People usually become aware of translation when it does not work, as witnessed by the laughably inadequate or nonsensical user instructions or manuals that come with some imported appliances or devices. More generally, the most common contact with translation is through language classes – not the best way to figure what professional translation is about since academic translation and professional translation are like chalk and cheese – or the interpreter’s voice-over on TV (and that seems ridiculously easy) or, nowadays, the instantaneous and free translation service (just click the ‘translate’ button on the Web).
No wonder many people think that translation is “not real work”, that “all you need, to translate, is knowledge of the language and a good dictionary” and that translating simply means changing the words and sentences from one language into another.
Many translation requesters think translations are clearly outrageously overpriced, that most translators are just wet-behind-the-ears language graduates who probably “know nothing about the subject” and that there are now machines and software packages that “do the same thing just as well for a fraction of the cost.” They even “would do it (them)selves if only they had the time”. So why, they wonder, does it take so long? Why is it so expensive? And why do translators insist on asking so many questions?
The translator, on the other hand, knows that good translations are the outcome of a very demanding and ever more complex technical activity. He just cannot understand why the client inevitably finds the translation too expensive, would like it to be finished before the work has even started, has usually forgotten to plan the translation time into the work schedule and always forgotten to budget for it anyway, makes last minute changes to the source document (such changes being usually referred to as improvements’), changes his mind half way through the translation, forgets to give the translator the vital documentation or information needed to carry out the job properly and in time, never has time to talk to the translator or approve the translation, considers translation, at best, as a necessary evil and begrudges having to pay the translator’s bill or fee… to mention just a few of the grievances!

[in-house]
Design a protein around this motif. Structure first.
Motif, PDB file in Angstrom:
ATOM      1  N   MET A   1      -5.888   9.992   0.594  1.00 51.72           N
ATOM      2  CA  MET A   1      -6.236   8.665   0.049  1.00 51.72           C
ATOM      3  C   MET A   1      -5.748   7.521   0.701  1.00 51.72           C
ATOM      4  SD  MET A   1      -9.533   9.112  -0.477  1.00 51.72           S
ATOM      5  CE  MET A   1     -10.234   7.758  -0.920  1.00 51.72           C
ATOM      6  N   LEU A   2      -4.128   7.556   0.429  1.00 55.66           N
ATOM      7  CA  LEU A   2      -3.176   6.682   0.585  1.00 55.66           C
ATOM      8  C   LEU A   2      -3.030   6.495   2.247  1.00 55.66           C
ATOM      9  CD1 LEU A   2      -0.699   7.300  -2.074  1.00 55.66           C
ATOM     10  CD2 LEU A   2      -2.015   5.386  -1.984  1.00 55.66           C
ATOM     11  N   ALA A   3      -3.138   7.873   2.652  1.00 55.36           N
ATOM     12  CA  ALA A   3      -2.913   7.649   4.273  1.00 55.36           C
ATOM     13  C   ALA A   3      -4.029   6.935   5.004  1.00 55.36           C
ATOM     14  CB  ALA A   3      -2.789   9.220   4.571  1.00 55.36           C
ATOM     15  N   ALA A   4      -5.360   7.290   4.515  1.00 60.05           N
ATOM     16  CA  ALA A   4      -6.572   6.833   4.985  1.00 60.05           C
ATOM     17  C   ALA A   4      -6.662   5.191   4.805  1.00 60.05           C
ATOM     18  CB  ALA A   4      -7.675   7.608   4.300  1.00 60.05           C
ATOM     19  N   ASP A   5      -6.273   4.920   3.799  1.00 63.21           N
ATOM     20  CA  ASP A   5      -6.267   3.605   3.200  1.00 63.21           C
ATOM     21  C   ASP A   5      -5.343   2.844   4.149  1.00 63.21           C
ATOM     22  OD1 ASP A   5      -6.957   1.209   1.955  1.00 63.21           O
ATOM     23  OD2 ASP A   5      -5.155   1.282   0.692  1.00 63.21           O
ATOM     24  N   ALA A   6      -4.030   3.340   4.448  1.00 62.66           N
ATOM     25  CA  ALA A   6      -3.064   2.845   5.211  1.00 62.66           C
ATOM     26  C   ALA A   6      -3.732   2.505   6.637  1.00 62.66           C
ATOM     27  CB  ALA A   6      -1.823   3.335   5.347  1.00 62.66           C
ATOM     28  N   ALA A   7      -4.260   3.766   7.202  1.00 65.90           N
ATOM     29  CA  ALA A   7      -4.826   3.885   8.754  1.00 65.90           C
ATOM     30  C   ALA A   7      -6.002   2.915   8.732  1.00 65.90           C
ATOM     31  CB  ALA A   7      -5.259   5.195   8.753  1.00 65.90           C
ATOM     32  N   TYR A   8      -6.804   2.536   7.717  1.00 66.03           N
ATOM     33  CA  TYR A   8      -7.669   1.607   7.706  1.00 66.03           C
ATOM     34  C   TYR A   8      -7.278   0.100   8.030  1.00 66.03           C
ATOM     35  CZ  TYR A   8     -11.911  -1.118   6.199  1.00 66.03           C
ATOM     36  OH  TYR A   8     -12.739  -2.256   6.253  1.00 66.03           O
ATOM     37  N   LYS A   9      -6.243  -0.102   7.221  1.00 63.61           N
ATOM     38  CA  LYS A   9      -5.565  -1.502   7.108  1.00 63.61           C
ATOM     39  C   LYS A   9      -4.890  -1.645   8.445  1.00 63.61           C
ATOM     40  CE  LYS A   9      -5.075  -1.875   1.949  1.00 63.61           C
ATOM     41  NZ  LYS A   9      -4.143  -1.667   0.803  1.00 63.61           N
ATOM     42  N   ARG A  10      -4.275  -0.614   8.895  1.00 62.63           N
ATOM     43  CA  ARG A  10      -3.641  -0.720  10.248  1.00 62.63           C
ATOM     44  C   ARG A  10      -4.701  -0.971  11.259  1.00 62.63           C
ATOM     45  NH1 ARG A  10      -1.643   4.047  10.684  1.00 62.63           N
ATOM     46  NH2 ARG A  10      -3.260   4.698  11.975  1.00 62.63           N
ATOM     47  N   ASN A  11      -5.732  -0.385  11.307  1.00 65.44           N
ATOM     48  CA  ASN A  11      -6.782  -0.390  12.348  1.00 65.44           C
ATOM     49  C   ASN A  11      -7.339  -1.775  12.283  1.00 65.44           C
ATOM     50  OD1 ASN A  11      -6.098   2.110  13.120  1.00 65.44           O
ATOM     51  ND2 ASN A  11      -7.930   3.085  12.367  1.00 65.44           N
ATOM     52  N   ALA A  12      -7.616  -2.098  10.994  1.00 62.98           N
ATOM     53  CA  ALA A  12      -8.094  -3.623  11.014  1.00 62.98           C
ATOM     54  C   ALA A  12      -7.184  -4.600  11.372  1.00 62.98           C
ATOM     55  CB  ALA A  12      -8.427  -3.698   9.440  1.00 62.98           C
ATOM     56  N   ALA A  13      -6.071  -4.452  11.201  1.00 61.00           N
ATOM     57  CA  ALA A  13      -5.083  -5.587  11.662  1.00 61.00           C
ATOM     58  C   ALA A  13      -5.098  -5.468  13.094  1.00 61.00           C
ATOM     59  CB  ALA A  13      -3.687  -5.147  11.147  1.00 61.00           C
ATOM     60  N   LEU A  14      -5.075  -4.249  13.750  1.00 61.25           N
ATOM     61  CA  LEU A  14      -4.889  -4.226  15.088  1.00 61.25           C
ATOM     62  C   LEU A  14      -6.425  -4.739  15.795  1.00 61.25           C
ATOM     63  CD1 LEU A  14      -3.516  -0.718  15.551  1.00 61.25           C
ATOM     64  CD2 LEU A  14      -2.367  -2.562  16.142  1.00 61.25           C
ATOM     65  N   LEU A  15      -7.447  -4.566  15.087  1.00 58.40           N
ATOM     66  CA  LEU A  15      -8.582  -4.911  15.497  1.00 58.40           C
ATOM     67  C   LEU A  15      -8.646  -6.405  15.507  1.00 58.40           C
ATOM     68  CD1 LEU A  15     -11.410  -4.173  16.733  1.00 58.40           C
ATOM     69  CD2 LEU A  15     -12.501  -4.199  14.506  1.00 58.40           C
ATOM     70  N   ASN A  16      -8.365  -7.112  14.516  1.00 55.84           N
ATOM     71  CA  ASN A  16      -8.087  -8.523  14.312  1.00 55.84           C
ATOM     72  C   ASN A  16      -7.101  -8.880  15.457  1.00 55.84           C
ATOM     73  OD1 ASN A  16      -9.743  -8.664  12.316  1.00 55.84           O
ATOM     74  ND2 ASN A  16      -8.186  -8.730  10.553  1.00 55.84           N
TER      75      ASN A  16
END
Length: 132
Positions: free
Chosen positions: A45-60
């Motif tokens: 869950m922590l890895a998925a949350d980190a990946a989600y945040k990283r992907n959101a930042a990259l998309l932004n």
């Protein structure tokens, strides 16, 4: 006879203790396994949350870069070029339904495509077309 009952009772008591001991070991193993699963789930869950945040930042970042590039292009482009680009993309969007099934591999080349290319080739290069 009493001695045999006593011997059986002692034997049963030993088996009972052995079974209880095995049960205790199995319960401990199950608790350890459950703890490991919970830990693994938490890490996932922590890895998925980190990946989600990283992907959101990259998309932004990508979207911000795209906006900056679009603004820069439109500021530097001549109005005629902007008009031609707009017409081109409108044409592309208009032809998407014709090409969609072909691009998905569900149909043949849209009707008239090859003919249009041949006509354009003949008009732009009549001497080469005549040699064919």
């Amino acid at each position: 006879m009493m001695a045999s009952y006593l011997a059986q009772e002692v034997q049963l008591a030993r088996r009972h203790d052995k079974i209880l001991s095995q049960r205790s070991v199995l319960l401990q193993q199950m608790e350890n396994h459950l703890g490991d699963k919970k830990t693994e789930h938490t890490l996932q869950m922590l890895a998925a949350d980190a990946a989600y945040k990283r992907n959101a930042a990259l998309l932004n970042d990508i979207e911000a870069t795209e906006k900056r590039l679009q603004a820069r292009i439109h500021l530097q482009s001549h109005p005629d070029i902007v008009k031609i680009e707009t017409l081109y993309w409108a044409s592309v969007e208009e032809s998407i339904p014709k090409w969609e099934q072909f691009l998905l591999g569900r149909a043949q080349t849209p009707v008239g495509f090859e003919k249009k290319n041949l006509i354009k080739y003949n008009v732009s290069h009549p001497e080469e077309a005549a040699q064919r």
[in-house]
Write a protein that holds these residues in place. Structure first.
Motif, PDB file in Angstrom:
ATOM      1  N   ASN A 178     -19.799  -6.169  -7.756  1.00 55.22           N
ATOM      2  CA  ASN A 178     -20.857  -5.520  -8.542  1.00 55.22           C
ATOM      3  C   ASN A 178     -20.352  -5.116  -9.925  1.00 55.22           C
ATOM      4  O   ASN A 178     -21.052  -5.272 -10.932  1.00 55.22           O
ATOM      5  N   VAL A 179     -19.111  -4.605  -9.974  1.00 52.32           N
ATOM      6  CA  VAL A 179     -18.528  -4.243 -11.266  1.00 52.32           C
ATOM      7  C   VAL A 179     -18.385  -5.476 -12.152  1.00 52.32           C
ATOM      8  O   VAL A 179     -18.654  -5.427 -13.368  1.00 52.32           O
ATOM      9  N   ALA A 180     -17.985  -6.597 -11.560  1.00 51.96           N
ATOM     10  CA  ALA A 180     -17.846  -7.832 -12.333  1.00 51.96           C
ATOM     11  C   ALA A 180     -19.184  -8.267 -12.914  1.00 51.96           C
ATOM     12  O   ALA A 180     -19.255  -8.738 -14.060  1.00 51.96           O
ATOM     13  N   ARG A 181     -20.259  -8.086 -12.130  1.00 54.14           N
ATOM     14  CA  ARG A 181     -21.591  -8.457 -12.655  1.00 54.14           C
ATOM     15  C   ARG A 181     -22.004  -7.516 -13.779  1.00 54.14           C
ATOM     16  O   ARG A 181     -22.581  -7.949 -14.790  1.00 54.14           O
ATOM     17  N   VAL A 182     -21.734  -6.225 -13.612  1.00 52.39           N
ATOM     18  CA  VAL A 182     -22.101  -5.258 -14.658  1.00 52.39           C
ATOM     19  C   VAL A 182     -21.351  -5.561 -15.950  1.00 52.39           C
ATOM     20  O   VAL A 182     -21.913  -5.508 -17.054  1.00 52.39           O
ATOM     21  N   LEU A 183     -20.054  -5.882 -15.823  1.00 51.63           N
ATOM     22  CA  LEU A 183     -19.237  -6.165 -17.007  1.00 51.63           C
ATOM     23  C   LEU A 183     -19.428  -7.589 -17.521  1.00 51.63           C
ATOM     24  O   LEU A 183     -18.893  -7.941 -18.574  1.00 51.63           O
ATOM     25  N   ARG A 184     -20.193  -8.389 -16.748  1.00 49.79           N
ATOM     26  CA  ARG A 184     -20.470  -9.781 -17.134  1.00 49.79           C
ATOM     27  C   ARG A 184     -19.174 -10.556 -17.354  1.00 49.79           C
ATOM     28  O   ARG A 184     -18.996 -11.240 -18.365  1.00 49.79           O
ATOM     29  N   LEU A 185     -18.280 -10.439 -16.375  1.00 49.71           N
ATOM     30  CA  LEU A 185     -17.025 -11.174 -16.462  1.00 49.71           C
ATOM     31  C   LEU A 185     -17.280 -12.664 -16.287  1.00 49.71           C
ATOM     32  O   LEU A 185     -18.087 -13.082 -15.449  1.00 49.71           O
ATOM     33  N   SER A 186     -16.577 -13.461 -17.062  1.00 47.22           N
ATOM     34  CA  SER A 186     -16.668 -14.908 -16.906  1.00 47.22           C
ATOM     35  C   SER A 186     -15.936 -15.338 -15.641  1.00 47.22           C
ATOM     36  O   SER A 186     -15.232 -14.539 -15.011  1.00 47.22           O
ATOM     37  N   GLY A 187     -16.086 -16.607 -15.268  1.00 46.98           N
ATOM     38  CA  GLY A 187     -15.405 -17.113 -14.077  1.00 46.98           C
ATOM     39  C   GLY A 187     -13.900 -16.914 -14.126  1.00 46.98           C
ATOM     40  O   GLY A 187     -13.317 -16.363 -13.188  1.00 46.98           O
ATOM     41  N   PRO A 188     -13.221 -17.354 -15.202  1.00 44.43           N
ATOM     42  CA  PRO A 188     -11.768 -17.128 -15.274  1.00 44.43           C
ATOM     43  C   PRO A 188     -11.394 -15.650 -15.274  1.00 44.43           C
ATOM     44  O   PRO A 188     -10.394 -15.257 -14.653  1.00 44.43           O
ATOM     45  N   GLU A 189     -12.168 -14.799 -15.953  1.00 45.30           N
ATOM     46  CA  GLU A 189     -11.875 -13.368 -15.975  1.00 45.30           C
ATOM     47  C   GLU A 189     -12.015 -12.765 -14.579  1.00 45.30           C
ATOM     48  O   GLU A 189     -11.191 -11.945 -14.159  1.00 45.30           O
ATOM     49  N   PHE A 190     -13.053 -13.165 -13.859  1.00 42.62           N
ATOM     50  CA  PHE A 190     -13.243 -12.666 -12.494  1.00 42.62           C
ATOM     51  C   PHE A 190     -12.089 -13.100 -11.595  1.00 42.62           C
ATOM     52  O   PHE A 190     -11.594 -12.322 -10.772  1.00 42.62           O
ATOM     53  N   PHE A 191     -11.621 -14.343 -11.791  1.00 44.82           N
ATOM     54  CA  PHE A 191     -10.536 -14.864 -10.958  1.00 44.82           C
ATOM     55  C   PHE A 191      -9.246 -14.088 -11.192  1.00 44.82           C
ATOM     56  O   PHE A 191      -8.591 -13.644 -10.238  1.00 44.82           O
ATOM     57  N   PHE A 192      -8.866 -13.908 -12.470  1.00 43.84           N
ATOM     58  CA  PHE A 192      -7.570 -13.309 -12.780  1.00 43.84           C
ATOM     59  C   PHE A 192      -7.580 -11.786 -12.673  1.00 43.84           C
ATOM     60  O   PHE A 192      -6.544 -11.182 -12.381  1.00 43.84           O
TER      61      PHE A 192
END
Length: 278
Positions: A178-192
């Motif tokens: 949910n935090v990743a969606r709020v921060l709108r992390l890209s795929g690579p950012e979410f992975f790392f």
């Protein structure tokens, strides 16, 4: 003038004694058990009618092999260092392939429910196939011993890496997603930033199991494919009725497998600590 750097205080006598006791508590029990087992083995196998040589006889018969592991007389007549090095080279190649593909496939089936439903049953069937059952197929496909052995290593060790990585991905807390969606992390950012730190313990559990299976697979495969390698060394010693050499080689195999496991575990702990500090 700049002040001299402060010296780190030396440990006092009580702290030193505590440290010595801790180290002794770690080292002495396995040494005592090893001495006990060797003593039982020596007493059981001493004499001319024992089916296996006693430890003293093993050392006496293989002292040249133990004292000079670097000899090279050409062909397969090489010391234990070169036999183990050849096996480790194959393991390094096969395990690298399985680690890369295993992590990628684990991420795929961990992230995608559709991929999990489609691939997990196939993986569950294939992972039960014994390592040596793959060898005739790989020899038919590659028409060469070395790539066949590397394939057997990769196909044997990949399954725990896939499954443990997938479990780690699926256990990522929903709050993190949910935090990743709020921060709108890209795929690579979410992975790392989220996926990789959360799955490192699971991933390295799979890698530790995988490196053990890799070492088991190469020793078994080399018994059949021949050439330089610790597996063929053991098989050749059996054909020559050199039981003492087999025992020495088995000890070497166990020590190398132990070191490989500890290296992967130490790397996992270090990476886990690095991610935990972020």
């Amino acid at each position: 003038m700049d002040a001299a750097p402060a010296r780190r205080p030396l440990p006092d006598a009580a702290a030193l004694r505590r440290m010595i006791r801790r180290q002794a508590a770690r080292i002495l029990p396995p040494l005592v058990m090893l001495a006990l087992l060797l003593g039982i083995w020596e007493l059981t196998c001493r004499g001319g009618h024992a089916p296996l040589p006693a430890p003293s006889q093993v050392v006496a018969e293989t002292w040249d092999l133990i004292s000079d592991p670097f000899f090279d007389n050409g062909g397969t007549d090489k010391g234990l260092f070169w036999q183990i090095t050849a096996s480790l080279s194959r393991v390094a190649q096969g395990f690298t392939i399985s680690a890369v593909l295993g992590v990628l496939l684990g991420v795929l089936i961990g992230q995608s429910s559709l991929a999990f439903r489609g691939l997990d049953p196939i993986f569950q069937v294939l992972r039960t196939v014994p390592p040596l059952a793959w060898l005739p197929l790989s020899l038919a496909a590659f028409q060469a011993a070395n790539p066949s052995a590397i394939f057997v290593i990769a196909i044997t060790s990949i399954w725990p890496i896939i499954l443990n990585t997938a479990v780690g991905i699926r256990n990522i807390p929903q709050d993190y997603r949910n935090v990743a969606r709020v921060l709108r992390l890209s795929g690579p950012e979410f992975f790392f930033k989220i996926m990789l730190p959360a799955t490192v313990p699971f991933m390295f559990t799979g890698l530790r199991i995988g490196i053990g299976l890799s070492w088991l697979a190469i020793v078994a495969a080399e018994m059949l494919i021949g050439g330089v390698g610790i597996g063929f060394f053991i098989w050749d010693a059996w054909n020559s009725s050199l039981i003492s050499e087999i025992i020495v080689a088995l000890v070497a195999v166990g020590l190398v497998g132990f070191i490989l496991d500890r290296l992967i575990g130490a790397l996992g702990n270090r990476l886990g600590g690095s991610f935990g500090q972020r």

Whatever the reasons for such obviously serious misunderstanding, there is a good case for making sure that everyone has a better understanding of the nature, challenges and complexity of the whole process of translating.
Professional translation has nothing to do with the academic exercise of ‘translation’ as practised in traditional language courses; the latter is a purely linguistic exercise, generally applied to literary texts, and without any implication of publication. Nor does it have any relation to “translating for pleasure”, which is translation carried out in relaxed circumstances, just ‘for fun’ If professional translators get satisfaction from their work, they certainly do not translate for the sheer pleasure of translating. They mean business.
Translators maybe called upon to translate just about anything. Any text, message, fragment of a message or code element may need to be translated.
A comprehensive list of materials that are commonly translated would include software programs, video games, software on-line help systems, insurance contracts, extradition proceedings, film sub-titles, songs, film dialogues, all kinds of soundtracks, drug dosage instructions, obituaries, mail catalogues, mobile phone instructions, marketing certificate applications, sales contracts, health certificates, user manuals (millions of them), parts lists, commercial statistics, registry office certificates, educational qualifications and certificates, confidential diplomatic memos, advertising leaflets, adverts, magazine and newspaper articles, alarm system documentation, customer complaints, the faxed minutes of a meeting before the next session starts, poems, novels, short stories, biographies, bills of lading and customs forms, post card titles, medical files, extradition requests, technical memos, annual reports, letters to the shareholders, DNA analysis reports, machine user instructions, patents, and many more.